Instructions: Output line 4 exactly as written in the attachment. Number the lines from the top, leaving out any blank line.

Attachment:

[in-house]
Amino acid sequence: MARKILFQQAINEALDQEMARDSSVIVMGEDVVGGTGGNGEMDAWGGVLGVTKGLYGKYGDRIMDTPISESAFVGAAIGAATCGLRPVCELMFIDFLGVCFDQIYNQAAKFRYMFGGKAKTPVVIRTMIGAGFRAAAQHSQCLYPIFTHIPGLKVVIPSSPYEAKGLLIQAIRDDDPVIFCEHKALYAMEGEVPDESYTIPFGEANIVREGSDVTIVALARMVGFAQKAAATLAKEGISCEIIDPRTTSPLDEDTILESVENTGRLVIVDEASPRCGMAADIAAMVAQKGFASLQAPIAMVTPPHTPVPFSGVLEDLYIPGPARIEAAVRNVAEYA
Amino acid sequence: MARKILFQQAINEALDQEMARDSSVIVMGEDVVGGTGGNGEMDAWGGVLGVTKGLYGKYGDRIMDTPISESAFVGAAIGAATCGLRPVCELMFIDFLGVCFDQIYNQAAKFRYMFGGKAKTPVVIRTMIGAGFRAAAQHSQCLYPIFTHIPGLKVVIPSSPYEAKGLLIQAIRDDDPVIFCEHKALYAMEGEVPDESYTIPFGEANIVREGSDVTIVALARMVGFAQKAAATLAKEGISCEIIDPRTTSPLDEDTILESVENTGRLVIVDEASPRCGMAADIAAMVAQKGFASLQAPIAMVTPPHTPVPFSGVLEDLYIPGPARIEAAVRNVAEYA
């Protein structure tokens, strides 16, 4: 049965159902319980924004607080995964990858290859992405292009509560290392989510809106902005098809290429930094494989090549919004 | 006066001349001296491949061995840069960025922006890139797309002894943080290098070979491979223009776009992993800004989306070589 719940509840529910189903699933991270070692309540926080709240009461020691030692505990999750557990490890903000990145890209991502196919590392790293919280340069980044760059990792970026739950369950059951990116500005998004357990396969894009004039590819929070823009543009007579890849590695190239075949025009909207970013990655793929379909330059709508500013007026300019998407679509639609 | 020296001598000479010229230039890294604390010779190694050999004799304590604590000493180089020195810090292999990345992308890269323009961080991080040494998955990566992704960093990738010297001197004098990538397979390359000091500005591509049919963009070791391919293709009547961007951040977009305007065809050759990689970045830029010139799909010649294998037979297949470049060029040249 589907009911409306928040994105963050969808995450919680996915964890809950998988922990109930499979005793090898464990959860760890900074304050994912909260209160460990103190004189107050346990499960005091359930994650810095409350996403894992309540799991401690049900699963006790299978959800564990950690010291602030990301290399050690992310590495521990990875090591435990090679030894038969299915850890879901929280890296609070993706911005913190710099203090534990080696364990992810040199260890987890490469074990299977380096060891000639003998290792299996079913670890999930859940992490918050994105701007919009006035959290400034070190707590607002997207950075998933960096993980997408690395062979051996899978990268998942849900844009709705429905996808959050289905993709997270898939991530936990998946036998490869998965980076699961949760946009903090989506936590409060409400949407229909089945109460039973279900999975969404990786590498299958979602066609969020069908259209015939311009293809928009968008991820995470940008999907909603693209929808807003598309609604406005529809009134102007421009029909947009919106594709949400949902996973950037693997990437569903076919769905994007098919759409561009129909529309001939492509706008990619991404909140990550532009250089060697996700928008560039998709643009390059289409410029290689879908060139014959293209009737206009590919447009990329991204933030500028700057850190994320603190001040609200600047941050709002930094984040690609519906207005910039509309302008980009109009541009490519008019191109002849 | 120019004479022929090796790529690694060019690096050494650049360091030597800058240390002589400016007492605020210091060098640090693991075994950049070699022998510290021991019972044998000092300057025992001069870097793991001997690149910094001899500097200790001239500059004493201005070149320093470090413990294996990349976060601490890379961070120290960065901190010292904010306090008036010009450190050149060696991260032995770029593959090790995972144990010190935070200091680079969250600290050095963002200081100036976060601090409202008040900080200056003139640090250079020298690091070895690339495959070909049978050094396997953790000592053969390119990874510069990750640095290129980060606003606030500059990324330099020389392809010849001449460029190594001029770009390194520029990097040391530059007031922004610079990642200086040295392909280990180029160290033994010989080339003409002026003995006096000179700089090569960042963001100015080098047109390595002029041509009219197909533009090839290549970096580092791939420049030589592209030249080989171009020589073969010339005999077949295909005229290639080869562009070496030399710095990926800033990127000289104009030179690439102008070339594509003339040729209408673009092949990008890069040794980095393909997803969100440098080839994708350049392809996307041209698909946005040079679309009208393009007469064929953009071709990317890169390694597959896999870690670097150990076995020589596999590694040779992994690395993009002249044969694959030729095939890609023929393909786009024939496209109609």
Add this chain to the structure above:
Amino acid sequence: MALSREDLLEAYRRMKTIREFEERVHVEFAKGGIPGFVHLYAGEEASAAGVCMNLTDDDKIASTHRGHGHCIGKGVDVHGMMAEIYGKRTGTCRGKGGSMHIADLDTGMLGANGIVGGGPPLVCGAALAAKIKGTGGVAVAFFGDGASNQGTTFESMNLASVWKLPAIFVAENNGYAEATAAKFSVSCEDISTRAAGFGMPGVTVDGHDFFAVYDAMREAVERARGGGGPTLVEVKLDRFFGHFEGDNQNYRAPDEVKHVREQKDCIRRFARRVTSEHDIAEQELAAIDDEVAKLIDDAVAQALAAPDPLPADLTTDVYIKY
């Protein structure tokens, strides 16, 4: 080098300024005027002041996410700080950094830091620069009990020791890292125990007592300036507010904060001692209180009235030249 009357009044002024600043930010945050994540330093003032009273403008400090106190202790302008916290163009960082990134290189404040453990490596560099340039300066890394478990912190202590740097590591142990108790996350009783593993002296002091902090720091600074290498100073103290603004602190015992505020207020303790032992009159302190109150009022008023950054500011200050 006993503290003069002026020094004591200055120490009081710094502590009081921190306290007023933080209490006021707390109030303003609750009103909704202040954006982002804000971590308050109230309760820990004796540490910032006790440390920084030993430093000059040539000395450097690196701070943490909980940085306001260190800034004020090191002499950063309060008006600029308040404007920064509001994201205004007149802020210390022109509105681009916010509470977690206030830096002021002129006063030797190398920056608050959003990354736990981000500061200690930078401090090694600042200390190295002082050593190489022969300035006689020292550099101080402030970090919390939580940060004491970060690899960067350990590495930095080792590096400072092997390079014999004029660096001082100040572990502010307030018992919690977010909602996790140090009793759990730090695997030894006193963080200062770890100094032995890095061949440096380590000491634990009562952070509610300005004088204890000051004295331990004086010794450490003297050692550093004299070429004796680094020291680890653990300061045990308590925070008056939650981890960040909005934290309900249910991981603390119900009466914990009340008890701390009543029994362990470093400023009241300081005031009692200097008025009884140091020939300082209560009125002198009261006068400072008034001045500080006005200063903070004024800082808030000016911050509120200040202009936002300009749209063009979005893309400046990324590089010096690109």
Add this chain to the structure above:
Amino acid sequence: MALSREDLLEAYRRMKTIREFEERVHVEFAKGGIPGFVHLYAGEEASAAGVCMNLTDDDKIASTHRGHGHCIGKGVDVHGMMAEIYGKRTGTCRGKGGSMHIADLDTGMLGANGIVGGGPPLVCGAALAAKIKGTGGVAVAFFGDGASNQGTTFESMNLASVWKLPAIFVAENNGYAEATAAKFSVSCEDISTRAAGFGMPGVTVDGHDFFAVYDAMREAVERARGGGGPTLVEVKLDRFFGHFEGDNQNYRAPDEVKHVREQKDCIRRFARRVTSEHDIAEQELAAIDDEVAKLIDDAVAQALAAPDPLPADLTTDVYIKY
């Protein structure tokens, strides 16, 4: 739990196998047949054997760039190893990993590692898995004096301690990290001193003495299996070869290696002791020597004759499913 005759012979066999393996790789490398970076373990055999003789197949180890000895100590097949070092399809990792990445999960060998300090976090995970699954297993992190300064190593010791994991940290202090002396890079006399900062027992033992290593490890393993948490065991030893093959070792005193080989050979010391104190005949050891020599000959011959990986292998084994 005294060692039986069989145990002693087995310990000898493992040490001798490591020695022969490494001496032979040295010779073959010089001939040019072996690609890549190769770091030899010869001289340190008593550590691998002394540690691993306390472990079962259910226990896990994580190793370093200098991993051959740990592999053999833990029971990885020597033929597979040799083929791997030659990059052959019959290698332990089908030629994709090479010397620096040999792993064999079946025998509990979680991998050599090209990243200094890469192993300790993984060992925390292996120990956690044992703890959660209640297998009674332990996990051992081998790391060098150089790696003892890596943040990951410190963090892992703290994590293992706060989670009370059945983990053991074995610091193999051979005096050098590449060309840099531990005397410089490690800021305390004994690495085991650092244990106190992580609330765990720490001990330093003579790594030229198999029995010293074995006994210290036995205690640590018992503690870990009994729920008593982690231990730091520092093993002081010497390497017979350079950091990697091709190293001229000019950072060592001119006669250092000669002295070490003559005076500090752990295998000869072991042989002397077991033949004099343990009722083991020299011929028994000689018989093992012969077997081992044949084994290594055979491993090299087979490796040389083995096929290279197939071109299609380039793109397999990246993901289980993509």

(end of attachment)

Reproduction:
């Protein structure tokens, strides 16, 4: 049965159902319980924004607080995964990858290859992405292009509560290392989510809106902005098809290429930094494989090549919004 | 006066001349001296491949061995840069960025922006890139797309002894943080290098070979491979223009776009992993800004989306070589 719940509840529910189903699933991270070692309540926080709240009461020691030692505990999750557990490890903000990145890209991502196919590392790293919280340069980044760059990792970026739950369950059951990116500005998004357990396969894009004039590819929070823009543009007579890849590695190239075949025009909207970013990655793929379909330059709508500013007026300019998407679509639609 | 020296001598000479010229230039890294604390010779190694050999004799304590604590000493180089020195810090292999990345992308890269323009961080991080040494998955990566992704960093990738010297001197004098990538397979390359000091500005591509049919963009070791391919293709009547961007951040977009305007065809050759990689970045830029010139799909010649294998037979297949470049060029040249 589907009911409306928040994105963050969808995450919680996915964890809950998988922990109930499979005793090898464990959860760890900074304050994912909260209160460990103190004189107050346990499960005091359930994650810095409350996403894992309540799991401690049900699963006790299978959800564990950690010291602030990301290399050690992310590495521990990875090591435990090679030894038969299915850890879901929280890296609070993706911005913190710099203090534990080696364990992810040199260890987890490469074990299977380096060891000639003998290792299996079913670890999930859940992490918050994105701007919009006035959290400034070190707590607002997207950075998933960096993980997408690395062979051996899978990268998942849900844009709705429905996808959050289905993709997270898939991530936990998946036998490869998965980076699961949760946009903090989506936590409060409400949407229909089945109460039973279900999975969404990786590498299958979602066609969020069908259209015939311009293809928009968008991820995470940008999907909603693209929808807003598309609604406005529809009134102007421009029909947009919106594709949400949902996973950037693997990437569903076919769905994007098919759409561009129909529309001939492509706008990619991404909140990550532009250089060697996700928008560039998709643009390059289409410029290689879908060139014959293209009737206009590919447009990329991204933030500028700057850190994320603190001040609200600047941050709002930094984040690609519906207005910039509309302008980009109009541009490519008019191109002849 | 120019004479022929090796790529690694060019690096050494650049360091030597800058240390002589400016007492605020210091060098640090693991075994950049070699022998510290021991019972044998000092300057025992001069870097793991001997690149910094001899500097200790001239500059004493201005070149320093470090413990294996990349976060601490890379961070120290960065901190010292904010306090008036010009450190050149060696991260032995770029593959090790995972144990010190935070200091680079969250600290050095963002200081100036976060601090409202008040900080200056003139640090250079020298690091070895690339495959070909049978050094396997953790000592053969390119990874510069990750640095290129980060606003606030500059990324330099020389392809010849001449460029190594001029770009390194520029990097040391530059007031922004610079990642200086040295392909280990180029160290033994010989080339003409002026003995006096000179700089090569960042963001100015080098047109390595002029041509009219197909533009090839290549970096580092791939420049030589592209030249080989171009020589073969010339005999077949295909005229290639080869562009070496030399710095990926800033990127000289104009030179690439102008070339594509003339040729209408673009092949990008890069040794980095393909997803969100440098080839994708350049392809996307041209698909946005040079679309009208393009007469064929953009071709990317890169390694597959896999870690670097150990076995020589596999590694040779992994690395993009002249044969694959030729095939890609023929393909786009024939496209109609």